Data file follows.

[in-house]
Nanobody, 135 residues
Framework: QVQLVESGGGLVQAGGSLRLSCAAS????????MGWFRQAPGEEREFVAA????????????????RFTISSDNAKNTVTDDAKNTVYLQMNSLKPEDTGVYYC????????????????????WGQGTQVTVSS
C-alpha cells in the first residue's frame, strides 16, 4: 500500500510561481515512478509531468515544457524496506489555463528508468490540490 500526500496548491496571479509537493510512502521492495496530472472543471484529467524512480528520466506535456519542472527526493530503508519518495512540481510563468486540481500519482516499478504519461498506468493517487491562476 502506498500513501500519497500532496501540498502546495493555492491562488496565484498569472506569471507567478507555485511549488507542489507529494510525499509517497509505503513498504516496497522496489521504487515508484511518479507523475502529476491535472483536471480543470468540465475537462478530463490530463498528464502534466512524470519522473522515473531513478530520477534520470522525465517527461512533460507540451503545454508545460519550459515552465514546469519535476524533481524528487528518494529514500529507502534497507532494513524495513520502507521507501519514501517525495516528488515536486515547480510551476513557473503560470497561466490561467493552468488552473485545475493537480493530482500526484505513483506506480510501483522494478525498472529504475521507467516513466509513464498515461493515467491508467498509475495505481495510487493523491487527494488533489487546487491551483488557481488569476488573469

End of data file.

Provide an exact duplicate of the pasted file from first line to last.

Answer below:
[in-house]
Nanobody, 135 residues
Framework: QVQLVESGGGLVQAGGSLRLSCAAS????????MGWFRQAPGEEREFVAA????????????????RFTISSDNAKNTVTDDAKNTVYLQMNSLKPEDTGVYYC????????????????????WGQGTQVTVSS
C-alpha cells in the first residue's frame, strides 16, 4: 500500500510561481515512478509531468515544457524496506489555463528508468490540490 500526500496548491496571479509537493510512502521492495496530472472543471484529467524512480528520466506535456519542472527526493530503508519518495512540481510563468486540481500519482516499478504519461498506468493517487491562476 502506498500513501500519497500532496501540498502546495493555492491562488496565484498569472506569471507567478507555485511549488507542489507529494510525499509517497509505503513498504516496497522496489521504487515508484511518479507523475502529476491535472483536471480543470468540465475537462478530463490530463498528464502534466512524470519522473522515473531513478530520477534520470522525465517527461512533460507540451503545454508545460519550459515552465514546469519535476524533481524528487528518494529514500529507502534497507532494513524495513520502507521507501519514501517525495516528488515536486515547480510551476513557473503560470497561466490561467493552468488552473485545475493537480493530482500526484505513483506506480510501483522494478525498472529504475521507467516513466509513464498515461493515467491508467498509475495505481495510487493523491487527494488533489487546487491551483488557481488569476488573469